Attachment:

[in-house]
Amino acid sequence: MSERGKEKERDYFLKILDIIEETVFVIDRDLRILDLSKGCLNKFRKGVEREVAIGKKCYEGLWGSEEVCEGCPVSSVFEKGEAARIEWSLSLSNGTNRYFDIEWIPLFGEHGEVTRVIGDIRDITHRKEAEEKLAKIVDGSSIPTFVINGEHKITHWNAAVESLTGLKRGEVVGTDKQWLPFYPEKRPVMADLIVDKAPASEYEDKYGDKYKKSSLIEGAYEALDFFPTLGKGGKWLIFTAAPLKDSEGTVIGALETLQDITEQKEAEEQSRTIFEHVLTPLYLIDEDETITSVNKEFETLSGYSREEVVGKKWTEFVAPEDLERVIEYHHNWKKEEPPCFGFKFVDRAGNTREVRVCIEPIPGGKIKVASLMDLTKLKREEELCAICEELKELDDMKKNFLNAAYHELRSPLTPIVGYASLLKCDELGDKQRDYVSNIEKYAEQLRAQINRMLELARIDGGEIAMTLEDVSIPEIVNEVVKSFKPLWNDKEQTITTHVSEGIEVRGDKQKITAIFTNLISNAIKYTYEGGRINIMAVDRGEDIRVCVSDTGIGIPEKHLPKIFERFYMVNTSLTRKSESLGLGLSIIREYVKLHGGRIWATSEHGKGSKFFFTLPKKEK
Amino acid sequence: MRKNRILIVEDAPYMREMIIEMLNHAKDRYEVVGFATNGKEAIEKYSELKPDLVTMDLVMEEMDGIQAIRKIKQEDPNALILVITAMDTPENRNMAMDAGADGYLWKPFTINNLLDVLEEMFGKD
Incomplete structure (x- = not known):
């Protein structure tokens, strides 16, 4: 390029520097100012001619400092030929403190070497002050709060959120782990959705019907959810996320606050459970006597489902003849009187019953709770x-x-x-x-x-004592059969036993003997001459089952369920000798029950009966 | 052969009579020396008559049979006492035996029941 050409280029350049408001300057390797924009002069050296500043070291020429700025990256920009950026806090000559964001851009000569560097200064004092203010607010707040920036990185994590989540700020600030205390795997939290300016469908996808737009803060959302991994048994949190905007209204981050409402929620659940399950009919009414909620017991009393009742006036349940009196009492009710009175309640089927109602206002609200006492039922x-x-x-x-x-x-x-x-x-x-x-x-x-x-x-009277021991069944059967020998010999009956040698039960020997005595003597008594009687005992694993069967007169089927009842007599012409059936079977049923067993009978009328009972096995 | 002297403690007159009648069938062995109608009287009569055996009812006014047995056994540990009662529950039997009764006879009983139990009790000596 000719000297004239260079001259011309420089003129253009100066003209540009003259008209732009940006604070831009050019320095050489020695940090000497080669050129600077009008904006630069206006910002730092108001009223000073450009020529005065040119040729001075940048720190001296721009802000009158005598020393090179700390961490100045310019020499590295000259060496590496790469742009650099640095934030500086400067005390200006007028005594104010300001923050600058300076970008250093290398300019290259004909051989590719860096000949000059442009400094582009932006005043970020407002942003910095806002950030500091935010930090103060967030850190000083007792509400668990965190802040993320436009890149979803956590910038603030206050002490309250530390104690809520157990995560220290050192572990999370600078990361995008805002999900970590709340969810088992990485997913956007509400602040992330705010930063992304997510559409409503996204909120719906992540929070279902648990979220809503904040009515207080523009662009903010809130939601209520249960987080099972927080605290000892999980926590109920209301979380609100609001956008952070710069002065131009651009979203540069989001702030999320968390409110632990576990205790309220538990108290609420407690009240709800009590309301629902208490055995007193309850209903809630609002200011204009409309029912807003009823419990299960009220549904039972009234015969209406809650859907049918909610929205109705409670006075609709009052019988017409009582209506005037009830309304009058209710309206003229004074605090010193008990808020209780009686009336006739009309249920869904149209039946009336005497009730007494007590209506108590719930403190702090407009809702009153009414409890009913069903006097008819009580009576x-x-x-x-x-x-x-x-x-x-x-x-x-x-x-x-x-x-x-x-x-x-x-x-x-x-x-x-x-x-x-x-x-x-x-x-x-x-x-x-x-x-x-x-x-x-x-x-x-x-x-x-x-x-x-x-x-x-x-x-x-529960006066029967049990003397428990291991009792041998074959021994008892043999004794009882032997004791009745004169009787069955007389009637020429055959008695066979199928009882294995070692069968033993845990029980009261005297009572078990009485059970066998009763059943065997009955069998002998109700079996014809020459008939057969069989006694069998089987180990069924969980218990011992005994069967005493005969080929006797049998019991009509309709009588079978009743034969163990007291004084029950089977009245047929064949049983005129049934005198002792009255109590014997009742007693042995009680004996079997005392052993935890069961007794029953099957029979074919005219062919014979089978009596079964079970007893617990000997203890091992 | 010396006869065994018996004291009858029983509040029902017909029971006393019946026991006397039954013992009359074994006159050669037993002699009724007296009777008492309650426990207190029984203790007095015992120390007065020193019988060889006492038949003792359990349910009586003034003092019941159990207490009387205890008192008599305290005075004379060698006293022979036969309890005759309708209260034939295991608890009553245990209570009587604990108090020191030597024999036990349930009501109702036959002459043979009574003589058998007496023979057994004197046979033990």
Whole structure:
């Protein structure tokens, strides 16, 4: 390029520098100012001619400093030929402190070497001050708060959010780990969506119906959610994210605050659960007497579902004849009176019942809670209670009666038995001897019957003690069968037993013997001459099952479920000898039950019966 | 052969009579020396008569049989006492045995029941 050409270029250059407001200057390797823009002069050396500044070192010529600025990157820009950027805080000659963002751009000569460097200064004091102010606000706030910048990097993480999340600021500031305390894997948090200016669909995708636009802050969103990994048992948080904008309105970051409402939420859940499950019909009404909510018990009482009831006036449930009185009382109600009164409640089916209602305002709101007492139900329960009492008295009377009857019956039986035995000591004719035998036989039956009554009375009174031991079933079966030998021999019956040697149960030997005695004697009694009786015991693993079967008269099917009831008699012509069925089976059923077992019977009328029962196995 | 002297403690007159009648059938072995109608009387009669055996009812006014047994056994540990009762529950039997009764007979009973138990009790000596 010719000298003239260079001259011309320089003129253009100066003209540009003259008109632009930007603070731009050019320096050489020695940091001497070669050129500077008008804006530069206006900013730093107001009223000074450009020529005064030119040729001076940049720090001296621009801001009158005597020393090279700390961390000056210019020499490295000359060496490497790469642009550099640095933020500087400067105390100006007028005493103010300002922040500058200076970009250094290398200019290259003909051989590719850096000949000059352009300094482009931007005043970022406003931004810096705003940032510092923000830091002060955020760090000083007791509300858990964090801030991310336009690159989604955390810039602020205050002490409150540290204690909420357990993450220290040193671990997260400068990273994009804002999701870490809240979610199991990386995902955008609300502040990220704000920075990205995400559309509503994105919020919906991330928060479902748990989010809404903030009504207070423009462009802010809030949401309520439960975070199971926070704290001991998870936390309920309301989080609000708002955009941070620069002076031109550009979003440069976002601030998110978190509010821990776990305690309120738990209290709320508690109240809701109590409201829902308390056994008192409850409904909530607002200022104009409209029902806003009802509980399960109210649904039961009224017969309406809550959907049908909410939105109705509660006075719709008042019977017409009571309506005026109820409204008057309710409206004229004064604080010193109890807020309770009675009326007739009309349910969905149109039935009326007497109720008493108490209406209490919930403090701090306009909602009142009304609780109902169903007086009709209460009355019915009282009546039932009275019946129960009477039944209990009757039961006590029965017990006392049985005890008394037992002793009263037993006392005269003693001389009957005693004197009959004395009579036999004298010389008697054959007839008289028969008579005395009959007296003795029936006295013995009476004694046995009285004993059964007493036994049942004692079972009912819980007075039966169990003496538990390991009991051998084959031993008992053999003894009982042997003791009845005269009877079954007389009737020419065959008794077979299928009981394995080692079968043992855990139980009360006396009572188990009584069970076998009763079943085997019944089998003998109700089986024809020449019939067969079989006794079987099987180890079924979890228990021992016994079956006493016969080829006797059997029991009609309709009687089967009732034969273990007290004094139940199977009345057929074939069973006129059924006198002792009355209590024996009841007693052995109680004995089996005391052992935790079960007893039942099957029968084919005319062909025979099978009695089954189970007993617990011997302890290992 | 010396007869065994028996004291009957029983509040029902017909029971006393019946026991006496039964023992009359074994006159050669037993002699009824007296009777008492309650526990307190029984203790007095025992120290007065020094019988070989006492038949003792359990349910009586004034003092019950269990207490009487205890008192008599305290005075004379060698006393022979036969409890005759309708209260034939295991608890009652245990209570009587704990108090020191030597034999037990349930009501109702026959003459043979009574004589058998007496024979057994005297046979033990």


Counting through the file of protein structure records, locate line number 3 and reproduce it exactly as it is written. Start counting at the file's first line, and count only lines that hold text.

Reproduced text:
Amino acid sequence: MRKNRILIVEDAPYMREMIIEMLNHAKDRYEVVGFATNGKEAIEKYSELKPDLVTMDLVMEEMDGIQAIRKIKQEDPNALILVITAMDTPENRNMAMDAGADGYLWKPFTINNLLDVLEEMFGKD